aNewDomain — The new right? The right to be forgotten. At least in Europe. The citizens of Europe have so far submitted thousands upon thousands of requests to redact things from Google.Including from parents of teenagers who sexted it all…
When you think about it, the forget me right matches up withe two very American traditions: The right to reinvent yourself and the right to get a second chance.
As Harvard’s Jonathan Zittrain put it, reputation bankruptcy used to be a starting point. Want to be forgotten? To start over? In the past, “just by moving by stagecoach — say, from Texas to Idaho — you could develop a whole new persona.” Or, in today’s language, you could stop, start again and just rebrand yourself. These days, though, you can’t just shred your past. Now it’s in the metadata. The government’s got it. Facebook’s got it. Google has it. Everything you are and do is stored on a huge server somewhere.
Sexting by Teens.
Sexting is widespread in europe and the USA- as PBS report
shows” JUDY WOODRUFF: Data is scarce, but one study by the National Campaign to Prevent Teen and Unplanned Pregnancy and CosmoGirl.com found that one in five young people in their upper teens had sexted at least once. That study was back in 2008, before new sharing technologies like Snapchat and Instagram even existed.”-see Newshour-30/10/2014
Teens in Europe and USA are the same.Snapchat and others keep your kids stuff,this is why Europeans are so scared that their privacy will be eliminated. All they have to do is look to America to see the writing on the wall.
The Streisand Effect
Ever since the Global Financial Crash of 2008, people have been looking for good ways to reinvent themselves and make themselves anew as potential workers and executives in the so-called New Economy.
But even if you’ve never committed a crime, your past is there to haunt you.As a teenager you and your parents are not aware of what it mean not to be forgotten.
Consider the Streisand Effect, named for singer Barbra Streisand’s failed attempt to have photos of her house removed from the Internet. It only led to more views. Before she tried to conceal her house, there were just a few views of her house. Afterward, there were thousands.
The more you complain and the more you attempt to hide stuff about you online, the more it will be viewed, in the end. And the more trolls you will attract.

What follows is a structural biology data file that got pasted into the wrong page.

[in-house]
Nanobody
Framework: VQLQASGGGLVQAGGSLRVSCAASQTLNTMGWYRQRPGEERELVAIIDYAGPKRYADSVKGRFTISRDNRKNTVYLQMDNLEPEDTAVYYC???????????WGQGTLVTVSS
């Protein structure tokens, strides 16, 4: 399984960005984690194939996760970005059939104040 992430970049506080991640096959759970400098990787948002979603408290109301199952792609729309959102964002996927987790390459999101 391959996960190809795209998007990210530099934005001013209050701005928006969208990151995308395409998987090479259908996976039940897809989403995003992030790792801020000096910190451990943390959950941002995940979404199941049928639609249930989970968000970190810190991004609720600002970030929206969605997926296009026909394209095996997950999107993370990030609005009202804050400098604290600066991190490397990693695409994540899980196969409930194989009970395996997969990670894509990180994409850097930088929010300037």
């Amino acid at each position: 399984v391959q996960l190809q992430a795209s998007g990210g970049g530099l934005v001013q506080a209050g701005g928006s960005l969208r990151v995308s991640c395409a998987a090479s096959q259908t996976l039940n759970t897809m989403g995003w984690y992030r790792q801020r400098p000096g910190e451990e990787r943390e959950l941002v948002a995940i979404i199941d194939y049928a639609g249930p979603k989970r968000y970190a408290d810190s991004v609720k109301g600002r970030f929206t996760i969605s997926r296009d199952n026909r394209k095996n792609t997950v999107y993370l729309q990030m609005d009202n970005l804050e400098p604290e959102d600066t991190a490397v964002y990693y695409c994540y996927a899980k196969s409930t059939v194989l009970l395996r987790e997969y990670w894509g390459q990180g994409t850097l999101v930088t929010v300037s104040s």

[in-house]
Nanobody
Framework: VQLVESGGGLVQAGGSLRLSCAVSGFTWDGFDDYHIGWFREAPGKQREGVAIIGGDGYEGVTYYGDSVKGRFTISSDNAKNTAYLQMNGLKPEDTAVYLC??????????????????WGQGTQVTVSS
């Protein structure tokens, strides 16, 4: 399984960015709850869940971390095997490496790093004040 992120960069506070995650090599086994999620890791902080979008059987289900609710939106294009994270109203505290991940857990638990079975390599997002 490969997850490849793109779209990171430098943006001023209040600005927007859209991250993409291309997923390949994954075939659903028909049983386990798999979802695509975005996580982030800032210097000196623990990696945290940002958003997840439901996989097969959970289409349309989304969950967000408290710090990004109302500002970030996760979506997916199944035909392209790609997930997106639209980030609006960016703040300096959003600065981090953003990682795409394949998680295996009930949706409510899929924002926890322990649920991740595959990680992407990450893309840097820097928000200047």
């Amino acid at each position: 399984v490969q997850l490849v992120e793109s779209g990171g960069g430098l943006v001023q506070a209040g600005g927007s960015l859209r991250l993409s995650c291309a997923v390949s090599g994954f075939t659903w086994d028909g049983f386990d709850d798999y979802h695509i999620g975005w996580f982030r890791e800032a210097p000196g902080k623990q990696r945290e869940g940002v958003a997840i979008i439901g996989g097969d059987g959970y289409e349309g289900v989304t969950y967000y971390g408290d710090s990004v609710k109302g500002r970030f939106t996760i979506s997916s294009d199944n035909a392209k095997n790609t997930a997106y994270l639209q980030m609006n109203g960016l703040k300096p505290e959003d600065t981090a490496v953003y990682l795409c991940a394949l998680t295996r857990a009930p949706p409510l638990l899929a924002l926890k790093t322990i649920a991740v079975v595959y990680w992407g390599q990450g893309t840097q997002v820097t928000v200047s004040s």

In The New Yorker, legal analyst Jeffrey Toobin wrote:
In recent years, many people have made the same kind of effort (as Streisand) — from actors who don’t want their private photographs in broad circulation to ex-convicts who don’t want their long-ago legal troubles to prevent them from finding jobs. Despite the varied circumstances, all these people want something that does not exist in the United States: the right to be forgotten.”
And If You Have a Criminal Record?
The real challenge arises if you have a criminal record.
There is a principal known as the Bankruptcy Principal, which holds, basically, that if a person has ever been convicted of a crime and sent to prison, he cannot be perceived as a felon forever.
Sex offenders aren’t included, of course. Society will never forgive them. But what of other crimes? It’s up to the courts and the laws to figure out whether they really mean what they say.
As Harvard’s Zittrain wrote in the Harvard Law Review:
… the Court needs to recognize that the Web is protean. Sites and content change, including such ever evolving pages as Wikipedia biographies … which means that a decision rendered at one point in time may lose its rationale later on … just as the Court acknowledges that something that was once relevant could become irrelevant over time, and thus subject to a takedown. Its argument cuts both ways. One way to deal with this is for redaction decisions to be limited in time … “
In the US, it is next to impossible to redact or shred your past. It’s doable, but solutions are hard to come by. Here’s how to become anonymous online, as anonymous as you can be. Not easy.
Sadly, the US doesn’t look to be changing to the EU way of protecting citizens’ privacy any time soon. Forgive but not forget — that’s the American attitude this day. Sold five grams of weed and got busted for it 10 years ago? Put up a drunk selfie on Facebook back in college? Tough.
We all deserve second chances, but you won’t get one Made in America.
Based in Australia, David Michaelis is a world-renowned international journalist and founder of Link Tv. At aNewDomain.net, he covers the global beat, focusing on politics and other international topics of note for our readers in a variety of forums. Email him atDavidMc@aNewDomain.net.